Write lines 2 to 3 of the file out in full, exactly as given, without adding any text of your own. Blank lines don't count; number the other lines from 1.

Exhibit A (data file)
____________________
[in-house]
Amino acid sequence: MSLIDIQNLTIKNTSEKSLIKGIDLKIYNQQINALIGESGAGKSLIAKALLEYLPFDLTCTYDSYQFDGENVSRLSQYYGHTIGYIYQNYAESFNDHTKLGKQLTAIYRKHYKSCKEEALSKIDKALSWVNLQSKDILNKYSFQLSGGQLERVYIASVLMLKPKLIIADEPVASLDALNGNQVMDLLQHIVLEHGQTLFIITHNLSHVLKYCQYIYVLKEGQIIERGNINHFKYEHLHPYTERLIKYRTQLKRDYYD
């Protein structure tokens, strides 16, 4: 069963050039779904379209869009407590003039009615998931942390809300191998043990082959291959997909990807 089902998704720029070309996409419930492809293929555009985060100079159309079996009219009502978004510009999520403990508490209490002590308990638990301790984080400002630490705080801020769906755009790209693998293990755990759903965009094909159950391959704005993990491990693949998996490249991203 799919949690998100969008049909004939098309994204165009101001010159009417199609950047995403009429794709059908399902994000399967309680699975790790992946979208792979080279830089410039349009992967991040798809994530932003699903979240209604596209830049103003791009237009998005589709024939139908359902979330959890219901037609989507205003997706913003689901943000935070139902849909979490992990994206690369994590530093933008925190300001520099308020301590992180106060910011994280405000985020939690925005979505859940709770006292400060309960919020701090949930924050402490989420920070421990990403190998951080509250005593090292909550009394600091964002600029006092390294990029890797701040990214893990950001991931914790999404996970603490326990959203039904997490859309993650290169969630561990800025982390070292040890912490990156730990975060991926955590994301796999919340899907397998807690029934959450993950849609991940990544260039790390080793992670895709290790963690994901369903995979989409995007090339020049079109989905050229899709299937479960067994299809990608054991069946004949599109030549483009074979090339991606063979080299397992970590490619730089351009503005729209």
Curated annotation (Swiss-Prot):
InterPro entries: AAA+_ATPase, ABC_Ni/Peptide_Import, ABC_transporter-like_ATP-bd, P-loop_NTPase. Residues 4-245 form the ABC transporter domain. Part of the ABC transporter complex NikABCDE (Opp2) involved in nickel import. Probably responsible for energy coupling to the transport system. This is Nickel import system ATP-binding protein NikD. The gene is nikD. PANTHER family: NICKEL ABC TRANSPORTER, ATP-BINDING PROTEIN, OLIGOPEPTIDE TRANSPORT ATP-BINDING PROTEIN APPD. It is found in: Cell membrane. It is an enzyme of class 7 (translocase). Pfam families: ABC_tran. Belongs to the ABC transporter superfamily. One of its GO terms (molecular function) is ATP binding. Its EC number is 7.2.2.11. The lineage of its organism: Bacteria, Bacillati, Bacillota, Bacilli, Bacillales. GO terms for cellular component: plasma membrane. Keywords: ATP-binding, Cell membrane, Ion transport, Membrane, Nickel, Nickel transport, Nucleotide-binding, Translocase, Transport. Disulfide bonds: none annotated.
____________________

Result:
Amino acid sequence: MSLIDIQNLTIKNTSEKSLIKGIDLKIYNQQINALIGESGAGKSLIAKALLEYLPFDLTCTYDSYQFDGENVSRLSQYYGHTIGYIYQNYAESFNDHTKLGKQLTAIYRKHYKSCKEEALSKIDKALSWVNLQSKDILNKYSFQLSGGQLERVYIASVLMLKPKLIIADEPVASLDALNGNQVMDLLQHIVLEHGQTLFIITHNLSHVLKYCQYIYVLKEGQIIERGNINHFKYEHLHPYTERLIKYRTQLKRDYYD
């Protein structure tokens, strides 16, 4: 069963050039779904379209869009407590003039009615998931942390809300191998043990082959291959997909990807 089902998704720029070309996409419930492809293929555009985060100079159309079996009219009502978004510009999520403990508490209490002590308990638990301790984080400002630490705080801020769906755009790209693998293990755990759903965009094909159950391959704005993990491990693949998996490249991203 799919949690998100969008049909004939098309994204165009101001010159009417199609950047995403009429794709059908399902994000399967309680699975790790992946979208792979080279830089410039349009992967991040798809994530932003699903979240209604596209830049103003791009237009998005589709024939139908359902979330959890219901037609989507205003997706913003689901943000935070139902849909979490992990994206690369994590530093933008925190300001520099308020301590992180106060910011994280405000985020939690925005979505859940709770006292400060309960919020701090949930924050402490989420920070421990990403190998951080509250005593090292909550009394600091964002600029006092390294990029890797701040990214893990950001991931914790999404996970603490326990959203039904997490859309993650290169969630561990800025982390070292040890912490990156730990975060991926955590994301796999919340899907397998807690029934959450993950849609991940990544260039790390080793992670895709290790963690994901369903995979989409995007090339020049079109989905050229899709299937479960067994299809990608054991069946004949599109030549483009074979090339991606063979080299397992970590490619730089351009503005729209």